While parrots do have articulate tongues, they also appear to be hardwired to mimic other species, and to create new vocalizations. The only other birds that are capable of vocal learning are hummingbirds and songbirds. While examining the brains of these avians, researchers noted that their brains contain clusters of neurons, which they've dubbed song nuclei. Since other birds don't possess song nuclei, they think that these structures probably play a key role in vocal learning.

Parrots might be better at mimicry than hummingbirds and songbirds thanks to a variation in these neurons: a special shell layer that surrounds each one. Birds with larger shell regions appear to be better at imitating other creatures, although it's still unclear why.

Learn more about parrot speech below (after you're done jamming out to Hatebeak).

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Prehistoric Ticks Once Drank Dinosaur Blood, Fossil Evidence Shows
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Ticks plagued the dinosaurs, too, as evidenced by a 99-million-year old parasite preserved inside a hunk of ancient amber. Entomologists who examined the Cretaceous period fossil noticed that the tiny arachnid was latched to a dinosaur feather—the first evidence that the bloodsuckers dined on dinos, according to The New York Times. These findings were recently published in the journal Nature Communications.

Ticks are one of the most common blood-feeding parasites. But experts didn’t know what they ate in prehistoric times, as parasites and their hosts are rarely found together in the fossil record. Scientists assumed they chowed down on early amphibians, reptiles, and mammals, according to NPR. They didn’t have hard evidence until study co-author David Grimaldi, an entomologist at the American Museum of History, and his colleagues spotted the tick while perusing a private collection of Myanmar amber.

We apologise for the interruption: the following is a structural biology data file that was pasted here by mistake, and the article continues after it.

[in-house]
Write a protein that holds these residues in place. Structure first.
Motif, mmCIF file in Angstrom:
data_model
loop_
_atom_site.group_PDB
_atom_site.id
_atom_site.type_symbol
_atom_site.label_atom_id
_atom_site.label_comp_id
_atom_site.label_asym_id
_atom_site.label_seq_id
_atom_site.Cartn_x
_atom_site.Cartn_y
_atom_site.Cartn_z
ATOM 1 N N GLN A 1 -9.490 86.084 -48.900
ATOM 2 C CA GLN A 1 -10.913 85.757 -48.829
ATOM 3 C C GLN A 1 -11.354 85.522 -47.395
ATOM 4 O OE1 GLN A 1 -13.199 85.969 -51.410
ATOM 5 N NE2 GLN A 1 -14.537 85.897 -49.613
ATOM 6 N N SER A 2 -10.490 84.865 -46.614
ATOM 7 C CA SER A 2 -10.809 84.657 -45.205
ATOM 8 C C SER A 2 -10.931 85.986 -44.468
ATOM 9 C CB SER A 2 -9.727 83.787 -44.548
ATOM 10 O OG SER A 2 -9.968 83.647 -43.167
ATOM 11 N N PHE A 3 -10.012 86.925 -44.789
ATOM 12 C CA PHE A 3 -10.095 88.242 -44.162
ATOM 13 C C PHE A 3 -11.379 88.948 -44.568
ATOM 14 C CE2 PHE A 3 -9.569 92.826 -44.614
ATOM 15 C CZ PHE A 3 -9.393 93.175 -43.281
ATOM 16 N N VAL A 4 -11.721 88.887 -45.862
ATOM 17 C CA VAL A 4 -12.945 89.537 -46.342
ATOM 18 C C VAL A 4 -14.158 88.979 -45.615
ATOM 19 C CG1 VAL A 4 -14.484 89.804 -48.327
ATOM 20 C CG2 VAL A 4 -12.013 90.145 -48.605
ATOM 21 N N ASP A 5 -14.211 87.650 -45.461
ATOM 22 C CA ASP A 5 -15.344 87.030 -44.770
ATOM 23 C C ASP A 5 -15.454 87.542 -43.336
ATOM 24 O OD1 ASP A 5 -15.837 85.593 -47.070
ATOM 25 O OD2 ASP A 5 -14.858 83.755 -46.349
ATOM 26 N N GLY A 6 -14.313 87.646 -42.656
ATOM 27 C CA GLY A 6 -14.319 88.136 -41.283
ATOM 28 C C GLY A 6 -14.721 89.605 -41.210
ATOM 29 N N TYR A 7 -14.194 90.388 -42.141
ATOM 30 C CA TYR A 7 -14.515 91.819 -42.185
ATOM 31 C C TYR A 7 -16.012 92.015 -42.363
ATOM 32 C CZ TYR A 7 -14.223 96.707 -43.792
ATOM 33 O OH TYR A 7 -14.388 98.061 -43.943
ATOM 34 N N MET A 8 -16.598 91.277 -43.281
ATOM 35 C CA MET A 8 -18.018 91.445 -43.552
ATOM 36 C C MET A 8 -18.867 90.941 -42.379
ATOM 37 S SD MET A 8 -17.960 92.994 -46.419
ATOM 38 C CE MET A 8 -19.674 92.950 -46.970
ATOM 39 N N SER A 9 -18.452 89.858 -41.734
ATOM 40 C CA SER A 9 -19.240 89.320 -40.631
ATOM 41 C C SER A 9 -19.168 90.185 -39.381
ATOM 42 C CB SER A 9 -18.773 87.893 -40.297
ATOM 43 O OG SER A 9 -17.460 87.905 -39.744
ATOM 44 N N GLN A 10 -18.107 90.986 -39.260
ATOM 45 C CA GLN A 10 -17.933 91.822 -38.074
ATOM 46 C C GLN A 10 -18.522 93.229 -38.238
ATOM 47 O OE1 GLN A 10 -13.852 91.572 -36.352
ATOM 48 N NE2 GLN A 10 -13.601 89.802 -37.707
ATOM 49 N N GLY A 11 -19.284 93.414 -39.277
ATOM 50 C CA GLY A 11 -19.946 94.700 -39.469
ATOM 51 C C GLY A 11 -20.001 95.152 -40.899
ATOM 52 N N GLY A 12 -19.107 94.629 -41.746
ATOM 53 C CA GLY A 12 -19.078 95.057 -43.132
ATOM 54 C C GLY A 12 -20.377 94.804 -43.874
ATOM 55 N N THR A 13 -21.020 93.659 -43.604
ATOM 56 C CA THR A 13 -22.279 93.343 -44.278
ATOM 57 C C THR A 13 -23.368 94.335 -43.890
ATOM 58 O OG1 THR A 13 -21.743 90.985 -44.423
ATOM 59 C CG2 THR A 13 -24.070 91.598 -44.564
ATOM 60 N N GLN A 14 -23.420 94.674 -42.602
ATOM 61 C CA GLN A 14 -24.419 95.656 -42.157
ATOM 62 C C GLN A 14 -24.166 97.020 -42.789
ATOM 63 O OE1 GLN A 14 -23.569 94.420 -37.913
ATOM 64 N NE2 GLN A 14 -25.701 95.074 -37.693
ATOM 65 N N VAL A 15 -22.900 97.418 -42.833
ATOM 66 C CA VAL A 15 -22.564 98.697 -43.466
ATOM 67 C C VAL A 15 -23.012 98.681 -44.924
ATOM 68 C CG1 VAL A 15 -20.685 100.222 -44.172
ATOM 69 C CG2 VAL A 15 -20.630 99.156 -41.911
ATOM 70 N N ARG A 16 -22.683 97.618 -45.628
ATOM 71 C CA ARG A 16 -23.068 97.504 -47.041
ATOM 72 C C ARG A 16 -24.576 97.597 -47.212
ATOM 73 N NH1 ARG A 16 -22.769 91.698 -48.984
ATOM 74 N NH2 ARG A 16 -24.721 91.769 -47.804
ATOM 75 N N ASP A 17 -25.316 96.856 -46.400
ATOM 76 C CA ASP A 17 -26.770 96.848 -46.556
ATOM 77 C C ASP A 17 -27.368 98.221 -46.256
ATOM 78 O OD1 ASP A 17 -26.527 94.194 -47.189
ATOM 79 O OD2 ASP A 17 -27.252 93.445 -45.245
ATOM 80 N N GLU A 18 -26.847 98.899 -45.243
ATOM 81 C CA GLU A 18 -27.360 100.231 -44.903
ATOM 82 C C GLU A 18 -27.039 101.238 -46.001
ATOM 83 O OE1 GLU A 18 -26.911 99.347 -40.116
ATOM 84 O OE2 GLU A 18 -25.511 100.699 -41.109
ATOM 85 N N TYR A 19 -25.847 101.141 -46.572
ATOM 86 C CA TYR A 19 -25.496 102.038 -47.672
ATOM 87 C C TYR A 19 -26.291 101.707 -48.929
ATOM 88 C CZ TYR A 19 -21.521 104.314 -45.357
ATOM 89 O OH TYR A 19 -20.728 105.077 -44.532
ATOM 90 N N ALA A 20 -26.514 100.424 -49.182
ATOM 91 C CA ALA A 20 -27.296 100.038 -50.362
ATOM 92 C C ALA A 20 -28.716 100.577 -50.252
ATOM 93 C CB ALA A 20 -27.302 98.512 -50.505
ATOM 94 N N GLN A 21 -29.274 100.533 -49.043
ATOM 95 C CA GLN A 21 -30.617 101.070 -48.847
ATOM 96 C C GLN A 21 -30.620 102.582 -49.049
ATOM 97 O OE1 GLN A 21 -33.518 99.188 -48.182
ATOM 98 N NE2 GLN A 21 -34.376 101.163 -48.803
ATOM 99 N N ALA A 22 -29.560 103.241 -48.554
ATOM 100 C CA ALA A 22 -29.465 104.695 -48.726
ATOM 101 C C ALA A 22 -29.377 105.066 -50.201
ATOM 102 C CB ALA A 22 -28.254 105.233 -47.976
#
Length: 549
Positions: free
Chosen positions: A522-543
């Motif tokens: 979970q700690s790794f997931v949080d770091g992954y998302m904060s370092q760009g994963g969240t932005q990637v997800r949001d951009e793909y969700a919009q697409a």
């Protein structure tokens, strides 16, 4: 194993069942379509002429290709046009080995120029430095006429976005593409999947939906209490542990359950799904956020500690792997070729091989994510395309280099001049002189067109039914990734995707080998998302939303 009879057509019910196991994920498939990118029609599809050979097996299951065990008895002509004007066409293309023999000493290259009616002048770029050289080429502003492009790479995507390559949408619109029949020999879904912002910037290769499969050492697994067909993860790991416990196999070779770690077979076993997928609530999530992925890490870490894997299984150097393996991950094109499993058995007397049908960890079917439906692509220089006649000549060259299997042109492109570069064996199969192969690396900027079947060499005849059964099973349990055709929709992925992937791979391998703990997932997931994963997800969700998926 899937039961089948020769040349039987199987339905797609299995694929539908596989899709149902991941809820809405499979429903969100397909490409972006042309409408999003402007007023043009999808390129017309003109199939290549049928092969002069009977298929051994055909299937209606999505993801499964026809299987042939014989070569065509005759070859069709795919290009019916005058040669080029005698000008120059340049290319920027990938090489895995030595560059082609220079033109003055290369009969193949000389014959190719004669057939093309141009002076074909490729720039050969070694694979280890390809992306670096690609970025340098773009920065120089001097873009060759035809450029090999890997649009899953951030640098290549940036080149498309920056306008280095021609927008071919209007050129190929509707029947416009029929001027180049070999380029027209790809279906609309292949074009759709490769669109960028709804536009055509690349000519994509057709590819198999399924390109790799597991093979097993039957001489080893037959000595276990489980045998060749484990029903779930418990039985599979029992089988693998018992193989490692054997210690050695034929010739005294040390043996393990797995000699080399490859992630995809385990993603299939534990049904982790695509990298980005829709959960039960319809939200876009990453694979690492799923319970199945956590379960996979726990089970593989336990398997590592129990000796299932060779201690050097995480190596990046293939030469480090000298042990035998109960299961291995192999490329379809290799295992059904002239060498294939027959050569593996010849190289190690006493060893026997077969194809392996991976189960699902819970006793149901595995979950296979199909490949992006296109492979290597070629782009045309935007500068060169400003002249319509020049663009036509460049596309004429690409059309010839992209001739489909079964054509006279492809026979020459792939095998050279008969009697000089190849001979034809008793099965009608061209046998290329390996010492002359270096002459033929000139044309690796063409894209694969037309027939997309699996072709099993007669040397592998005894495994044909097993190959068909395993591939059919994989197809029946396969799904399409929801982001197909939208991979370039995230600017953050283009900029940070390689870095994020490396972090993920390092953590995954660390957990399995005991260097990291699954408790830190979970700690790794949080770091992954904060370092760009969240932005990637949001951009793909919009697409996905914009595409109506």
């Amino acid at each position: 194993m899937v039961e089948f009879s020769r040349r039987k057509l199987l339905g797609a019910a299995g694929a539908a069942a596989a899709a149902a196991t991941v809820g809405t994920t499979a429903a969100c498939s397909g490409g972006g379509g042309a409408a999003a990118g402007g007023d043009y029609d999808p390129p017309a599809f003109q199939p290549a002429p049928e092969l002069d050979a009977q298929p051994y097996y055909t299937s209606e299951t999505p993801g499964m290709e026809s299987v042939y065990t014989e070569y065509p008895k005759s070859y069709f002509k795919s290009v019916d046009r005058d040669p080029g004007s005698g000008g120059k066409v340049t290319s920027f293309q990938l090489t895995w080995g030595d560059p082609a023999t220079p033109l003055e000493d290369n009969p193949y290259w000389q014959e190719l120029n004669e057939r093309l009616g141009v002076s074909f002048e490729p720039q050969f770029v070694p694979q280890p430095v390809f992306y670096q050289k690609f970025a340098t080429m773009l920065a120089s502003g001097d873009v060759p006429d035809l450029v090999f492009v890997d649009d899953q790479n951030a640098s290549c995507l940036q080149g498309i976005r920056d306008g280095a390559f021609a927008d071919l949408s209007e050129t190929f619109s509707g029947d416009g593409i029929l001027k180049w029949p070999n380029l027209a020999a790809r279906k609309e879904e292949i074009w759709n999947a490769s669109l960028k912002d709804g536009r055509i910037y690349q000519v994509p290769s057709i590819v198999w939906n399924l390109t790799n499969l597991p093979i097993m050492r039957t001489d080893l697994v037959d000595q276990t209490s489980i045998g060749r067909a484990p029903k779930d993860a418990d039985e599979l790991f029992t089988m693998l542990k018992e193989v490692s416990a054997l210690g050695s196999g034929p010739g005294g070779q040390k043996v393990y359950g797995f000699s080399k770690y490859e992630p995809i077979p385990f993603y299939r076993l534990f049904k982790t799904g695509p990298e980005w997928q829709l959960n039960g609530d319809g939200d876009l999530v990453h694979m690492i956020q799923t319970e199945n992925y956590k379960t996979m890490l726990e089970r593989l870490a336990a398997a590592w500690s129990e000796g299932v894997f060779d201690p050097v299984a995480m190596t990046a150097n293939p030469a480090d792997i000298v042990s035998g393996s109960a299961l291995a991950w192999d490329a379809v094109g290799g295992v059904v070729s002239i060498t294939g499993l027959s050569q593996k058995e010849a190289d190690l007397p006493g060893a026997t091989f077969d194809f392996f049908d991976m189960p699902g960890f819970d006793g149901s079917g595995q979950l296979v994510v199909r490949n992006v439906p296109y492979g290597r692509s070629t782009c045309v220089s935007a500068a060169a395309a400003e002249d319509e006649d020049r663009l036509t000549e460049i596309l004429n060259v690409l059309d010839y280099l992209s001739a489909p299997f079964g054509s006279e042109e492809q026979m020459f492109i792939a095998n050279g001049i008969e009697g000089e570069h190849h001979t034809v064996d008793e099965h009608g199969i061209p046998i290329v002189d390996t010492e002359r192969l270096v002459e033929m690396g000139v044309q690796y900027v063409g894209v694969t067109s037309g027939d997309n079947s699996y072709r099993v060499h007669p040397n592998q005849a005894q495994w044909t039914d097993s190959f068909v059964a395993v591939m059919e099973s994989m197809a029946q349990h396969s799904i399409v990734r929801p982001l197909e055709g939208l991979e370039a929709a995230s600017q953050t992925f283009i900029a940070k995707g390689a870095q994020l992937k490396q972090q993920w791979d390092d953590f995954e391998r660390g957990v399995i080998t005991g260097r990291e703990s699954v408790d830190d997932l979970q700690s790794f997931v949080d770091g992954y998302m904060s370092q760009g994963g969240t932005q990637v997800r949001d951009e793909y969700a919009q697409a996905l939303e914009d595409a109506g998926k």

A 99-million-year-old tick encased in amber, grasping a dinosaur feather.
Cornupalpatum burmanicum hard tick entangled in a feather. a Photograph of the Burmese amber piece (Bu JZC-F18) showing a semicomplete pennaceous feather. Scale bar, 5 mm. b Detail of the nymphal tick in dorsal view and barbs (inset in a). Scale bar, 1 mm. c Detail of the tick’s capitulum (mouthparts), showing palpi and hypostome with teeth (arrow). Scale bar, 0.1 mm. d Detail of a barb. Scale bar, 0.2 mm. e Drawing of the tick in dorsal view indicating the point of entanglement. Scale bar, 0.2 mm. f Detached barbule pennulum showing hooklets on one of its sides (arrow in a indicates its location but in the opposite side of the amber piece). Scale bar, 0.2 mm
Peñalver et al., Nature Communications

The tick is a nymph, meaning it was in the second stage of its short three-stage life cycle when it died. The dinosaur it fed on was a “nanoraptor,” or a tiny dino that was roughly the size of a hummingbird, Grimaldi told The Times. These creatures lived in tree nests, and sometimes met a sticky end after tumbling from their perches into hunks of gooey resin. But just because the nanoraptor lived in a nest didn’t mean it was a bird: Molecular dating pinpointed the specimen as being at least 25 million years older than modern-day avians.

In addition to ticks, dinosaurs likely also had to deal with another nest pest: skin beetles. Grimaldi’s team located several additional preserved ticks, and two were covered in the insect’s fine hairs. Skin beetles—which are still around today—are scavengers that live in aerial bird homes and consume molted feathers.

“These findings shed light on early tick evolution and ecology, and provide insights into the parasitic relationship between ticks and ancient relatives of birds, which persists today for modern birds,” researchers concluded in a news release.

[h/t The New York Times]